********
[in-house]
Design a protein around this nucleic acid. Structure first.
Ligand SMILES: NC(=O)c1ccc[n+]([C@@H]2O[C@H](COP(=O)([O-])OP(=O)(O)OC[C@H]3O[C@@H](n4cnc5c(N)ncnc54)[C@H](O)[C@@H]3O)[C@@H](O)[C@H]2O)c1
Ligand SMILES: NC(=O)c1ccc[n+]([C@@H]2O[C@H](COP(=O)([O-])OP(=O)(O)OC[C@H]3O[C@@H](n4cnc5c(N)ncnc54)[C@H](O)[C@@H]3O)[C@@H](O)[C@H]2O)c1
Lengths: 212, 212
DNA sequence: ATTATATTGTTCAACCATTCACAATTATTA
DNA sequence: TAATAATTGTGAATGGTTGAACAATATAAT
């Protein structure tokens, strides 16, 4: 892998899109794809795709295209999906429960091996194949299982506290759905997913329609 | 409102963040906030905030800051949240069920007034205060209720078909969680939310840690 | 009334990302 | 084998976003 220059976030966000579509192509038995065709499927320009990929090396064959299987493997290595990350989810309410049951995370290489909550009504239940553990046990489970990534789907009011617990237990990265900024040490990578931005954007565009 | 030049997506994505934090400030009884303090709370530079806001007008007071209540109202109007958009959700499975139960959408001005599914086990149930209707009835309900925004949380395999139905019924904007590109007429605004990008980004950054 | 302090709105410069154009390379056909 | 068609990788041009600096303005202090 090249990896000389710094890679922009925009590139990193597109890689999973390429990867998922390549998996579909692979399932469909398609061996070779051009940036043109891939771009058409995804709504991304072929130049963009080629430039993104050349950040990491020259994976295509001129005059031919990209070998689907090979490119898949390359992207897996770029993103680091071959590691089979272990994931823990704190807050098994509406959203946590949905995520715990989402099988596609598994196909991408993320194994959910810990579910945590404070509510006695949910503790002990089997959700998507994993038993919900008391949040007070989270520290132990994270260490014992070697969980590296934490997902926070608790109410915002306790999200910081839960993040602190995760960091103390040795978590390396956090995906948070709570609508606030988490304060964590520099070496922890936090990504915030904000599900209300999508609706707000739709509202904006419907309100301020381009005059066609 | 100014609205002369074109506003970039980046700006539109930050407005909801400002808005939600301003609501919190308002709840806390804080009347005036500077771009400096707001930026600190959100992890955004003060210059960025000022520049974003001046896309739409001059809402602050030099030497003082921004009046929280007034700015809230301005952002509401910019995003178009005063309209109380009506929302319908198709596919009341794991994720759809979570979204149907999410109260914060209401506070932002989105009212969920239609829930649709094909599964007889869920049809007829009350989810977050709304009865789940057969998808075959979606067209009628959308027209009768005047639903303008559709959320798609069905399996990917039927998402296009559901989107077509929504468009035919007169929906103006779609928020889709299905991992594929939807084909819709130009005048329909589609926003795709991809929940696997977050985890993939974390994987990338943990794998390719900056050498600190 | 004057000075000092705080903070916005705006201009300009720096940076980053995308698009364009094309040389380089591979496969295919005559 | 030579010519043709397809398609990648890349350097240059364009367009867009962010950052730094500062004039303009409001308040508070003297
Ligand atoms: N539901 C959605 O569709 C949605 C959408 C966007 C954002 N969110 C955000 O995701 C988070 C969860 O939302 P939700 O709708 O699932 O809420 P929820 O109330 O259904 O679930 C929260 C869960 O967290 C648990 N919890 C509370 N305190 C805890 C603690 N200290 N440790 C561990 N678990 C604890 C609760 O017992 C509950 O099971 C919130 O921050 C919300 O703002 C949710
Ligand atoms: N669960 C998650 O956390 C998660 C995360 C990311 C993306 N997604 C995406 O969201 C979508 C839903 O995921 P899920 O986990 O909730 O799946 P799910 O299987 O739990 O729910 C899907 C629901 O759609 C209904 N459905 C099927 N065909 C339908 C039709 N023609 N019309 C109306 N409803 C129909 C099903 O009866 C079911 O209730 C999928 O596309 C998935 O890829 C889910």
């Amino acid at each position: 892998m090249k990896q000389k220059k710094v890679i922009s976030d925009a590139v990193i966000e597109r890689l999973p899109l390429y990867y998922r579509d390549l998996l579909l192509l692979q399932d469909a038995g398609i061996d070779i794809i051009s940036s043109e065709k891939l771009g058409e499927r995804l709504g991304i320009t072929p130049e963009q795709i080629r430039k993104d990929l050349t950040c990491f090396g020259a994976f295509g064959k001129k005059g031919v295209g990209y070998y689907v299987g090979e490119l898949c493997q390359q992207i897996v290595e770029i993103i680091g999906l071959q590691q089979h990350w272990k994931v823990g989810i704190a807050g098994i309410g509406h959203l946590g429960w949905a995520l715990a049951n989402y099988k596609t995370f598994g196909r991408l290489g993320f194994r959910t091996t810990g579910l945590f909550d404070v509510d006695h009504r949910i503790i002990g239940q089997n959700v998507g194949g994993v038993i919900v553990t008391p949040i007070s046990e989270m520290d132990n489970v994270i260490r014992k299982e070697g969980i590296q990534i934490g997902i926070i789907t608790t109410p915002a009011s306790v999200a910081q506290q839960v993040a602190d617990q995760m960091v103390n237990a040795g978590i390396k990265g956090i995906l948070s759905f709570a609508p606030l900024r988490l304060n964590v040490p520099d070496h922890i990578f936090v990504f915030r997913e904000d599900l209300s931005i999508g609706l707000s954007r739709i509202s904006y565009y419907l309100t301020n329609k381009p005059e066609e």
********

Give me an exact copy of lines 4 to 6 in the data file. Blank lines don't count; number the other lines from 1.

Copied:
Ligand SMILES: NC(=O)c1ccc[n+]([C@@H]2O[C@H](COP(=O)([O-])OP(=O)(O)OC[C@H]3O[C@@H](n4cnc5c(N)ncnc54)[C@H](O)[C@@H]3O)[C@@H](O)[C@H]2O)c1
Lengths: 212, 212
DNA sequence: ATTATATTGTTCAACCATTCACAATTATTA